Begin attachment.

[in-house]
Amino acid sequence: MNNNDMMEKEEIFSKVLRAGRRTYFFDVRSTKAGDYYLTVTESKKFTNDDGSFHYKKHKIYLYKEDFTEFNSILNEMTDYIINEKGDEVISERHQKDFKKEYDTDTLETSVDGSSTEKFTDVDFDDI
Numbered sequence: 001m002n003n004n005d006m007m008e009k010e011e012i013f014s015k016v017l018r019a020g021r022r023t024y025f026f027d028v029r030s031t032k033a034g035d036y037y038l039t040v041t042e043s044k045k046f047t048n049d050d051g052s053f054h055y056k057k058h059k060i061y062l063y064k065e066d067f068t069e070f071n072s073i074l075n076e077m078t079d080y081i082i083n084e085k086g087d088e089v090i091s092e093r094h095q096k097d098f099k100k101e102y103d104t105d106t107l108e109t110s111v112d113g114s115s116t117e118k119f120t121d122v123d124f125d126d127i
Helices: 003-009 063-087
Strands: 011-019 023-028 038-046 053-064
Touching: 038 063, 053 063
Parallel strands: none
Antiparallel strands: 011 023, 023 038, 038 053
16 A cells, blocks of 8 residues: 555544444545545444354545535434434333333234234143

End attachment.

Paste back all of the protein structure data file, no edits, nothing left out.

[in-house]
Amino acid sequence: MNNNDMMEKEEIFSKVLRAGRRTYFFDVRSTKAGDYYLTVTESKKFTNDDGSFHYKKHKIYLYKEDFTEFNSILNEMTDYIINEKGDEVISERHQKDFKKEYDTDTLETSVDGSSTEKFTDVDFDDI
Numbered sequence: 001m002n003n004n005d006m007m008e009k010e011e012i013f014s015k016v017l018r019a020g021r022r023t024y025f026f027d028v029r030s031t032k033a034g035d036y037y038l039t040v041t042e043s044k045k046f047t048n049d050d051g052s053f054h055y056k057k058h059k060i061y062l063y064k065e066d067f068t069e070f071n072s073i074l075n076e077m078t079d080y081i082i083n084e085k086g087d088e089v090i091s092e093r094h095q096k097d098f099k100k101e102y103d104t105d106t107l108e109t110s111v112d113g114s115s116t117e118k119f120t121d122v123d124f125d126d127i
Helices: 003-009 063-087
Strands: 011-019 023-028 038-046 053-064
Touching: 038 063, 053 063
Parallel strands: none
Antiparallel strands: 011 023, 023 038, 038 053
16 A cells, blocks of 8 residues: 555544444545545444354545535434434333333234234143